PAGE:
Grumpy, angry looking, unfriendly customer facing staff - welcome to America! Dale Carnegie's Human Relation's Principle Number Five is "SMILE". You would never guess that this idea to smile when you meet people, especially when in a customer facing roles, had been around since "How To Win Friends And Influence People" was first published in 1936. I was in the US attending our Owner's Meeting in Chicago, but had also spent time in New York and Washington DC, so my observations were not influenced by one location.
The idea of smiling when you answer the phone, hasn't made it to some of the staff working in major hotels yet either. Very angry voices would pick up the phone and repeat the name of the Hotel. I asked one lady if she was angry? That threw her and she said "no", so I asked her why she answered the phone with such an abrupt, unfriendly, angry voice? Her self-awareness factor was trending into negative numbers, as she was baffled by my line of questioning. Maybe I have been in Japan too long, but I don’t think that is it.
Buying food, checking in for your flight, or entering the airport lounge, unsmiling, unfriendly staff assault your senses. No smiling, not even one of those pathetic fake jobs. To top it off, they then produce a section from the manual and say "have a nice day/flight/whatever". The incongruency of greeting you with a "I don't care" attitude and their final words, has obviously not been explored yet.
Giving your instructions to the cabbie or the serving staff and being greeted with total silence is a bit disconcerting. Do they know what I want, are we clear about what needs to happen next? Why is there no acknowledgement of what you want?
Excuses such as, "it’s America" or "it’s New York" or "it's Chicago" or " it's the minimum wage syndrome" don't cut it. These abysmal service interactions are a simple failure of leadership. The companies employing these staff have poor leadership, because the people destroying their brand are not being trained properly. There are obvious conceptual barriers here about what is important. The message is pretty clear, you the customer are just not important. That fundamental idea comes from the leadership.
What a fantastic opportunity for companies to win in the marketplace. The cost of a genuine smile is obviously too expensive for these failing companies. Imagine though, that properly led staff were being trained on just one thing - smile when you meet your customer. Behind that idea is a whole gamut of attitudes and concepts about the task at hand. These untrained, unskilled people are totally focused on processes. Check in the passenger, issue boarding passes, hand over the hotdog, head on to the road system to get to the destination. No! No! No! The experience is the key, not the process.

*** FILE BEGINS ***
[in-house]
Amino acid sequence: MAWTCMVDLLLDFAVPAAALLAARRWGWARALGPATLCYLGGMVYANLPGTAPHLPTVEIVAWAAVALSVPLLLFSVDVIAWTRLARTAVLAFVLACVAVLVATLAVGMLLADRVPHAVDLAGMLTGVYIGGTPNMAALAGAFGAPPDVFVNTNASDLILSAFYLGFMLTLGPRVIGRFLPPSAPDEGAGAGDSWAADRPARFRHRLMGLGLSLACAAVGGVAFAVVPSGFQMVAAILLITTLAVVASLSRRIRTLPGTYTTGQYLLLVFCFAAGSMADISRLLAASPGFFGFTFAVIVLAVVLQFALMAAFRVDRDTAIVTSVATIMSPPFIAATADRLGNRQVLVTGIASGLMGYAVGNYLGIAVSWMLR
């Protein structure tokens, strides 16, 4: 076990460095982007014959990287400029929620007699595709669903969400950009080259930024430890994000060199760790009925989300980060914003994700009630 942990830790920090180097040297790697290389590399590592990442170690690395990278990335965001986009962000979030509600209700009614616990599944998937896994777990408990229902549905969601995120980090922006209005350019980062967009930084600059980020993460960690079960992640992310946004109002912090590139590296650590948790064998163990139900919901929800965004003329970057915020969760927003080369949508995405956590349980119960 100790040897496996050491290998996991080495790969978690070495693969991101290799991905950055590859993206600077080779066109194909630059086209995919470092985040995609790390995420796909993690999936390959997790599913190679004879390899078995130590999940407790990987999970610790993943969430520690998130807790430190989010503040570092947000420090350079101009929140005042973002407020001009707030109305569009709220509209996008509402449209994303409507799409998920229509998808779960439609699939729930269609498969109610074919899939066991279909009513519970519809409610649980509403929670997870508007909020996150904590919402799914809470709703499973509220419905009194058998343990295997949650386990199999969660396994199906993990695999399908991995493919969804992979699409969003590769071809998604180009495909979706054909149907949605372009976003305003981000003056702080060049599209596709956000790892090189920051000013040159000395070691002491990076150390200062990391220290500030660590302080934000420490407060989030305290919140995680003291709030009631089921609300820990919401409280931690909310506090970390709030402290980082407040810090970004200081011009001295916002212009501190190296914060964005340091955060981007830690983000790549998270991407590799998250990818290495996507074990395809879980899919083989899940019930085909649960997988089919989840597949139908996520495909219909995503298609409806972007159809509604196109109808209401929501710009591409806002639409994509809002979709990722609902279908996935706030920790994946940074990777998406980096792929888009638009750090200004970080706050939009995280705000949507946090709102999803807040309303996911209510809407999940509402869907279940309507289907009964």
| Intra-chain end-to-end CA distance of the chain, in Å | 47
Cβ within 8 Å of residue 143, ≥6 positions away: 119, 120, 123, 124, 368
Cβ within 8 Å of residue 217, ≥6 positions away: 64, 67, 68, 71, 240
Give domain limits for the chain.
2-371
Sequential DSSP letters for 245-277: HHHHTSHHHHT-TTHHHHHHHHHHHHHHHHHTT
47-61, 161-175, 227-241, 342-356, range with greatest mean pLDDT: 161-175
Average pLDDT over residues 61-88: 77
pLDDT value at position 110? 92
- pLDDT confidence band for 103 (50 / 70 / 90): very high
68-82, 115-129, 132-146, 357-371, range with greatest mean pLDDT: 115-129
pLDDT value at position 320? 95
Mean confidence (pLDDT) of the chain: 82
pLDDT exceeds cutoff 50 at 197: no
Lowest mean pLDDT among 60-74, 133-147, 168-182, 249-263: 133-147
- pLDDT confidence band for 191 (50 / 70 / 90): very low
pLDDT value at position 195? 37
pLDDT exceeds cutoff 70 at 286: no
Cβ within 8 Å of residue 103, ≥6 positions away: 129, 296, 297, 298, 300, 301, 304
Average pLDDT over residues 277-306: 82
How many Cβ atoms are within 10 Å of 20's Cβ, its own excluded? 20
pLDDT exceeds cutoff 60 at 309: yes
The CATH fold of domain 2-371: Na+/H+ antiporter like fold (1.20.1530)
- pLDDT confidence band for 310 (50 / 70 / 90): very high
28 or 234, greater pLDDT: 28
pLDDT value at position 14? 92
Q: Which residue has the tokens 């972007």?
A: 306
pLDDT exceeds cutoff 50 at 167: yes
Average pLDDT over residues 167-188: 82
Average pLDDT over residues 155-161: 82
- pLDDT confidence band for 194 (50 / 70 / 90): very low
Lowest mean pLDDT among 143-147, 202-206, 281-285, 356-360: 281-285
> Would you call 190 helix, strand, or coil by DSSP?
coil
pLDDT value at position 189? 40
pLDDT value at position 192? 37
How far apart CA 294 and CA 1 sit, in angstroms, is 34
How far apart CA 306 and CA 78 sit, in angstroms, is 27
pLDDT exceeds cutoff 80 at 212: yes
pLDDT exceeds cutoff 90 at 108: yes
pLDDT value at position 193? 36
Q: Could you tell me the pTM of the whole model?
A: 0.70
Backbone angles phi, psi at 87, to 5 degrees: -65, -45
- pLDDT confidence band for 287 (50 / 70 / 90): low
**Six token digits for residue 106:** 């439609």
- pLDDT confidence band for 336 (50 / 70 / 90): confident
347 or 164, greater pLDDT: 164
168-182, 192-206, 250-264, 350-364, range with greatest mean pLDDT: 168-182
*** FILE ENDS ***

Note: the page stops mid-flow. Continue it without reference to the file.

Teaching our teams to smile at the first interaction with the customer, sets up a chemical reaction that will create the right momentum, to create an experience that adds to the value of the brand and to the revenues of the organization. To do this we need to properly train our leaders to make sure their staff get it. The lack of congruency is costing firms money. The up-sell, the cross-sell missed opportunities are frankly scary, pathetic and unnecessary.
So, do an audit of your own shop. Call your own organization at different times of the day, especially around lunchtime, when the chances are high of someone not normally picking up the phone is now your "brand ambassador".
Listen to how your staff answer the phone. Do they say the name of the organization, their own name and do it with a smile in their voice. Observe the customer facing interactions and see if the genuine smile is there or not. Here is a trick - can you train your staff to smile? It is not impossible, but let's get the right people on the right bus and in the right seat, so that the first impression is a big happy smile, because it is their natural reaction. If that is not possible, then work on getting their minds around the idea that a smile is shorthand for what the brand represents and what the organization stands for and explain where their role fits into the whole picture.
I am often critical of the polite but robotic service we get in Japan, but it beats the genuine disinterest of a lot of service staff I met in America. As company leaders, I don't think we should be satisfied with anything less than excellent smiles as the first point of contact. Yes, it requires effort, leadership and training, but the majority of our competitors are doing a pretty miserable job, so let's differentiate ourselves and win. If we can get a smile going at the outset a lot of good things will follow and Principle Number Five "SMILE" can be the catalyst to success. On the other hand, if we can't manage this much, then we had better start asking some pretty harsh questions of ourselves.